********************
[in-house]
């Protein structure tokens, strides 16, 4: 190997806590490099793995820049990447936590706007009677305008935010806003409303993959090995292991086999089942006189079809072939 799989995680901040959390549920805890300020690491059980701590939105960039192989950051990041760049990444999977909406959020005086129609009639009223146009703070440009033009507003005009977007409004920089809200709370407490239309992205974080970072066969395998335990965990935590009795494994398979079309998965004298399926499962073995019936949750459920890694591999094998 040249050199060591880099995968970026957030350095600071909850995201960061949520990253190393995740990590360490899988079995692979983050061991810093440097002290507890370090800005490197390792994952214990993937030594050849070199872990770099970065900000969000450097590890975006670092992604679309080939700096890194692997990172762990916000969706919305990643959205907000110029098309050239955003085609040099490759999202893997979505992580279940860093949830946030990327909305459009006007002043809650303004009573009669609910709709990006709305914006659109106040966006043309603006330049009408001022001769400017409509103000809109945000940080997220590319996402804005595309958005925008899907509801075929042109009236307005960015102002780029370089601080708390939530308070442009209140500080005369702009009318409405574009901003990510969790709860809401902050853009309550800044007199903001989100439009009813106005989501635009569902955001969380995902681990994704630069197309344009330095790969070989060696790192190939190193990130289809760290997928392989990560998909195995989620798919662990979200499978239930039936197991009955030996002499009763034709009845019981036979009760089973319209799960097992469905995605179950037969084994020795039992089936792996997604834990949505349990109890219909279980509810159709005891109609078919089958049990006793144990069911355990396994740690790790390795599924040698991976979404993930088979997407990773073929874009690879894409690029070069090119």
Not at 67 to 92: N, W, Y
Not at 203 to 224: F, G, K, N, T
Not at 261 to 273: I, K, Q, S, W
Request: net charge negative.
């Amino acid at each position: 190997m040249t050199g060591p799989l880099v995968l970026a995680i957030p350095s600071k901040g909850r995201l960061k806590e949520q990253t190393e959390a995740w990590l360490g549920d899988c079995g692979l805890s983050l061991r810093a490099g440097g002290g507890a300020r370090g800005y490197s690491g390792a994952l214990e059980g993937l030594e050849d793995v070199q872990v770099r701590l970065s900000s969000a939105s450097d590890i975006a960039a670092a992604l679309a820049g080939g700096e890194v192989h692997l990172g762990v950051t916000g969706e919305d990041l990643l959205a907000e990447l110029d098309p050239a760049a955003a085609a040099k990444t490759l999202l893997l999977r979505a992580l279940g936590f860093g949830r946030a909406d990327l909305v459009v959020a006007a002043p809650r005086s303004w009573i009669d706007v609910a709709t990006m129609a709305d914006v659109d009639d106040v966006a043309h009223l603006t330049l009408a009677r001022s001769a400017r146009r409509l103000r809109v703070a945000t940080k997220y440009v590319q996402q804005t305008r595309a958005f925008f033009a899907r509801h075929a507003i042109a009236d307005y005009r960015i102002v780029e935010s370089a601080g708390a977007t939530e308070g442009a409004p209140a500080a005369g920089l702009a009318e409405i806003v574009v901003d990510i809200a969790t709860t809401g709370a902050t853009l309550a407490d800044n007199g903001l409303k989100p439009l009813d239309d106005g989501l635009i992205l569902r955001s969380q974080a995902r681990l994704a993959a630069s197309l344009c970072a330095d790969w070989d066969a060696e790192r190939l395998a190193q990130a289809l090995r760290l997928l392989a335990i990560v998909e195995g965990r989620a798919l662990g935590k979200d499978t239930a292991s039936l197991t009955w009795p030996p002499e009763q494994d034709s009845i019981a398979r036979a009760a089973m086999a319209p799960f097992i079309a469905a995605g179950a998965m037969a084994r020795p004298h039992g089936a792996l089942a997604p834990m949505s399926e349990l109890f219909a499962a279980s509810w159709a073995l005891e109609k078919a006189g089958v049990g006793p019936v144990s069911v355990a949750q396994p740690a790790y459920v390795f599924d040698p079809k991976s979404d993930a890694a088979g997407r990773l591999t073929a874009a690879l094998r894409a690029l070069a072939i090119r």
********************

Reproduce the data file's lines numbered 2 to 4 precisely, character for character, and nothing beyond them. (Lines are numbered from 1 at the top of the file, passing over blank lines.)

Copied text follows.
């Protein structure tokens, strides 16, 4: 190997806590490099793995820049990447936590706007009677305008935010806003409303993959090995292991086999089942006189079809072939 799989995680901040959390549920805890300020690491059980701590939105960039192989950051990041760049990444999977909406959020005086129609009639009223146009703070440009033009507003005009977007409004920089809200709370407490239309992205974080970072066969395998335990965990935590009795494994398979079309998965004298399926499962073995019936949750459920890694591999094998 040249050199060591880099995968970026957030350095600071909850995201960061949520990253190393995740990590360490899988079995692979983050061991810093440097002290507890370090800005490197390792994952214990993937030594050849070199872990770099970065900000969000450097590890975006670092992604679309080939700096890194692997990172762990916000969706919305990643959205907000110029098309050239955003085609040099490759999202893997979505992580279940860093949830946030990327909305459009006007002043809650303004009573009669609910709709990006709305914006659109106040966006043309603006330049009408001022001769400017409509103000809109945000940080997220590319996402804005595309958005925008899907509801075929042109009236307005960015102002780029370089601080708390939530308070442009209140500080005369702009009318409405574009901003990510969790709860809401902050853009309550800044007199903001989100439009009813106005989501635009569902955001969380995902681990994704630069197309344009330095790969070989060696790192190939190193990130289809760290997928392989990560998909195995989620798919662990979200499978239930039936197991009955030996002499009763034709009845019981036979009760089973319209799960097992469905995605179950037969084994020795039992089936792996997604834990949505349990109890219909279980509810159709005891109609078919089958049990006793144990069911355990396994740690790790390795599924040698991976979404993930088979997407990773073929874009690879894409690029070069090119």
Not at 67 to 92: N, W, Y
Not at 203 to 224: F, G, K, N, T